Irrevocable trusts, on the other hand, can provide the protection that you need – if they are structured properly. Since you cannot change the terms of the trust once it is created, the irrevocable trust can be viewed as a complete severance of your ownership of the assets contained within the trust. It also helps that most irrevocable trusts used in Medicaid planning are set up to deny the trustor access to the principal assets in the trust while still providing him or her with ongoing income distributions. That can prevent Medicaid from treating the principal as a countable resource. Instead, the government just deals with any income derived from the trust.
Of course, if you don’t mind losing access to the resources and any income they generate, you can also just set up the trust to benefit only your heirs. That arrangement can prevent Medicaid from interfering with any aspect of the trust. Meanwhile, those heirs can – if they choose – use those resources to benefit you when needed.
The Five-Year Rule
It is vital to remember that even irrevocable trusts do not necessarily negate the provisions of the five-year look-back period. Under those provisions, the government can “look back” over the last five years of your asset transfers when you apply for Medicaid. That gives them the authority to flag questionable transfers that appear to be designed to shelter your assets, and count them as part of your estate. This can result in a denial of benefits and an assessed ineligibility penalty that could leave you unable to qualify for program benefits for months or even years.
Putting it In Perspective
There is an ongoing debate about the usefulness of trusts in Medicaid planning, with some experts insisting that seniors should forgo the trust option and instead rely on spend-down strategies, gifting, and other techniques. The fact is that trusts remain useful of achieving Medicaid eligibility, but they are best used as part of a broader long-term strategy to ensure that your assets are organized in a way that best meets your needs.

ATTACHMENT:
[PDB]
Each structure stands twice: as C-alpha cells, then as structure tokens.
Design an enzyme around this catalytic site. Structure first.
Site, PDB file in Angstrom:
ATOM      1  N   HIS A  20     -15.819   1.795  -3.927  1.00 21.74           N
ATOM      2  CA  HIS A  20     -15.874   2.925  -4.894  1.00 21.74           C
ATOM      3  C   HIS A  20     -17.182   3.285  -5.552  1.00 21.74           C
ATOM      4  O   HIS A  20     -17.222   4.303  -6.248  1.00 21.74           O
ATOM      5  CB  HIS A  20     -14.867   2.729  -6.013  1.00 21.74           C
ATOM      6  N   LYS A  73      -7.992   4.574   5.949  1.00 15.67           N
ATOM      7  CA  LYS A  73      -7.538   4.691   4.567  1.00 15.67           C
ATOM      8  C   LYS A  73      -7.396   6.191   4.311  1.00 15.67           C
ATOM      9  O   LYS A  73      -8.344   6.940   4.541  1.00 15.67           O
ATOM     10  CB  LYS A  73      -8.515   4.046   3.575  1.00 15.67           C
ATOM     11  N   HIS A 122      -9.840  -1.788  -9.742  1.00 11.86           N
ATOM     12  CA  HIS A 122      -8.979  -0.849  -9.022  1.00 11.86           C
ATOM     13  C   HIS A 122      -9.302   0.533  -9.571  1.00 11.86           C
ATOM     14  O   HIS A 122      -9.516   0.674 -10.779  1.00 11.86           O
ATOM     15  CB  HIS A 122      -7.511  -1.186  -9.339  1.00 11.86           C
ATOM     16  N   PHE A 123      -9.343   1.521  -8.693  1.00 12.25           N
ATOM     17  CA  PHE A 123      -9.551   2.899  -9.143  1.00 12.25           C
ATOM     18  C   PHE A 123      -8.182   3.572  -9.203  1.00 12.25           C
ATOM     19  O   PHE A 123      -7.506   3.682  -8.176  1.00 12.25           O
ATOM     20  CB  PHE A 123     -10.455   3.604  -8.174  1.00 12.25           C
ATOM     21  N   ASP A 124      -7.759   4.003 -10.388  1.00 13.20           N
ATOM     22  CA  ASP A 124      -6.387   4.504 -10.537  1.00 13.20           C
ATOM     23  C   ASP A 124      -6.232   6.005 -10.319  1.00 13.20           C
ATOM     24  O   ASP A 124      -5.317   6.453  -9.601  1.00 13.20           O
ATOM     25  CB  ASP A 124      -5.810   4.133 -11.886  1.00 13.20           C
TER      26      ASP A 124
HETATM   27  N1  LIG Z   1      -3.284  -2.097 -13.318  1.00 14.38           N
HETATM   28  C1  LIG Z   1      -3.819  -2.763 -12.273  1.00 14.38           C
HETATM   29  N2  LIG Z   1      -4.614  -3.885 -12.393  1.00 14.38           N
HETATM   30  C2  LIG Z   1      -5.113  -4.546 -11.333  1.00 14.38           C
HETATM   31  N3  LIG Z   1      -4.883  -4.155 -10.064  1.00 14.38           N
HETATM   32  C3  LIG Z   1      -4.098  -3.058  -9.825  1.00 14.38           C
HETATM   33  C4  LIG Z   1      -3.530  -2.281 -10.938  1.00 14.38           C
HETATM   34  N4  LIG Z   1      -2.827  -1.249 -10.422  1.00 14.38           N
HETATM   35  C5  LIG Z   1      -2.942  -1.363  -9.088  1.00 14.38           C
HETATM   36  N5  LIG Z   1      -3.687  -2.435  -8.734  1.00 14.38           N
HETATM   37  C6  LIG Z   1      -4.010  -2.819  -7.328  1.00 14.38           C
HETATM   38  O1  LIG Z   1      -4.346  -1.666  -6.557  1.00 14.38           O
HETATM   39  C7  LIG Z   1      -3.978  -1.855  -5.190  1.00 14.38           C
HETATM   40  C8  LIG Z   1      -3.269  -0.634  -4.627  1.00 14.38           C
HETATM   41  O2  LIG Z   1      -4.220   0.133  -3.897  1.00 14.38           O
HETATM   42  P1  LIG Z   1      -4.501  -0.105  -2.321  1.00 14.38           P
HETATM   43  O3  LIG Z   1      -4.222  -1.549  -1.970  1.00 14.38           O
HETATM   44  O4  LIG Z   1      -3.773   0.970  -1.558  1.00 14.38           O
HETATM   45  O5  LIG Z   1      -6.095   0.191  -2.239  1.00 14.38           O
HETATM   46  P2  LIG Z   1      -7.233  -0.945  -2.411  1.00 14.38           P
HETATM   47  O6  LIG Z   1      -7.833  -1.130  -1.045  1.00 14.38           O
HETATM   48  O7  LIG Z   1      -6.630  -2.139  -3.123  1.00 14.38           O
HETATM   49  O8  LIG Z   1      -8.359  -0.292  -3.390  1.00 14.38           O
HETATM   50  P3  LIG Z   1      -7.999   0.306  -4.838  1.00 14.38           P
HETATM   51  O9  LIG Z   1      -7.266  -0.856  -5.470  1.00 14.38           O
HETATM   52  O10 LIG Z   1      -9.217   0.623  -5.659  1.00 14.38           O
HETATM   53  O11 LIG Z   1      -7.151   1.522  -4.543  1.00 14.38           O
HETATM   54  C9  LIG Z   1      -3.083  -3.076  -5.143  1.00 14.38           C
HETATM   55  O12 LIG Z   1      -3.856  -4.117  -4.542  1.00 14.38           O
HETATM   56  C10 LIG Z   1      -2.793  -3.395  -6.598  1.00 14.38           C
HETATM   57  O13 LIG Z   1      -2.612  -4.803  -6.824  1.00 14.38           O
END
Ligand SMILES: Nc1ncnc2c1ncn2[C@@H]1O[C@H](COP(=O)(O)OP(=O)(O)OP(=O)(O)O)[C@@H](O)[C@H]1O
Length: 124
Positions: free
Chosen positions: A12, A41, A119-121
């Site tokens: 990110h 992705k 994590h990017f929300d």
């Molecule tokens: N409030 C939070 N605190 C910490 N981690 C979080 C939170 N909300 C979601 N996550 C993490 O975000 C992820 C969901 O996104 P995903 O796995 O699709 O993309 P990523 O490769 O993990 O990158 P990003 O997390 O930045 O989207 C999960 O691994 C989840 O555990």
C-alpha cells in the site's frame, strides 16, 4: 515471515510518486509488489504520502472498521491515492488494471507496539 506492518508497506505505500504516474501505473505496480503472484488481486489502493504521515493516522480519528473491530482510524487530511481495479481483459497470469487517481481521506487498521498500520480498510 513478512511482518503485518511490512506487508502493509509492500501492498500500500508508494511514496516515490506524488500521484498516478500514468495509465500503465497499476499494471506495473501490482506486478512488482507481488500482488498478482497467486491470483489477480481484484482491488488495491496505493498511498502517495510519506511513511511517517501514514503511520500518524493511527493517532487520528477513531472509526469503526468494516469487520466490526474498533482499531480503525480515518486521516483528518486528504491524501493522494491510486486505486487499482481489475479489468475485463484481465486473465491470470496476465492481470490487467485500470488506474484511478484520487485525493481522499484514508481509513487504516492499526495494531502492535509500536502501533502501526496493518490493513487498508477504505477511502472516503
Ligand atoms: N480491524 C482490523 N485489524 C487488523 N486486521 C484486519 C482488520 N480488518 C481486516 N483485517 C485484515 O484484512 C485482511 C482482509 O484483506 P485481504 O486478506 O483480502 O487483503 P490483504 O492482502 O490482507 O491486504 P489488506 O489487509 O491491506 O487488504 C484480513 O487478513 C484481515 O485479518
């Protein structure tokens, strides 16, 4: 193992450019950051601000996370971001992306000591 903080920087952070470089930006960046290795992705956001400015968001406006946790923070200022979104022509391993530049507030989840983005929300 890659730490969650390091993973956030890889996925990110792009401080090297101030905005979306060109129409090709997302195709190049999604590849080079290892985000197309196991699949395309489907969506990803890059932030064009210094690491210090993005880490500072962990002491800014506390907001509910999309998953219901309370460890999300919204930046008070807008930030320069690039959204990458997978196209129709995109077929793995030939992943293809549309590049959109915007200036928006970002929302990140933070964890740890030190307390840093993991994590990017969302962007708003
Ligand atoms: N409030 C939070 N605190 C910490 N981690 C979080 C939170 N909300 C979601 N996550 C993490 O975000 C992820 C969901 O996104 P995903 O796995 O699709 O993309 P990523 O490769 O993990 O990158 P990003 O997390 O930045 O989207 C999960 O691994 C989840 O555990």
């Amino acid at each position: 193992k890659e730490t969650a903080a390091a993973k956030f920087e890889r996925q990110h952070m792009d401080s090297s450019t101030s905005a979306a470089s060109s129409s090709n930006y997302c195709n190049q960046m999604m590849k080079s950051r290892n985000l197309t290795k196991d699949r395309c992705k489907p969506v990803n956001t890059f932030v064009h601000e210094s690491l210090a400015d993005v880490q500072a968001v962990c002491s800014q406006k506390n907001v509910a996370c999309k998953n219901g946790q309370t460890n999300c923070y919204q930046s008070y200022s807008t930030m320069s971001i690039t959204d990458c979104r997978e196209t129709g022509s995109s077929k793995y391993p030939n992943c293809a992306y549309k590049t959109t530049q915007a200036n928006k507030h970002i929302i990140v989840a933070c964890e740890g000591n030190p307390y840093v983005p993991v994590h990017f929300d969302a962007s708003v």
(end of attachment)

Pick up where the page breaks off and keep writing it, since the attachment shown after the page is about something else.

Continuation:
As you might expect, that involves a level of familiarity with estate planning law that most clients don’t possess. Moreover, any attempts to use trusts, gifting, or other strategies on your own can easily result in mistakes that cause additional hardship down the road. Fortunately, experienced trusts attorneys can help you navigate these complex issues and ensure that you have the strategy you need to achieve your Medicaid planning goals.
At Frank & Kraft, Attorneys at Law, our trusts experts can work with you to develop a Medicaid trust planning strategy that can achieve your objectives. We’ll help you to safeguard assets in a way that facilitates your eligibility for the program benefits you need. At the same time, we can ensure that you avoid costly mistakes that could leave you with no way to pay for essential nursing home expenses. To find out more about how our team can help you with your planning efforts, call today at (317) 684-1100 or contact us at our website.
Mr. Kraft assists clients primarily in the areas of estate planning and administration, Medicaid planning, federal and state taxation, real estate and corporate law, bringing the added perspective of an accounting background to his work.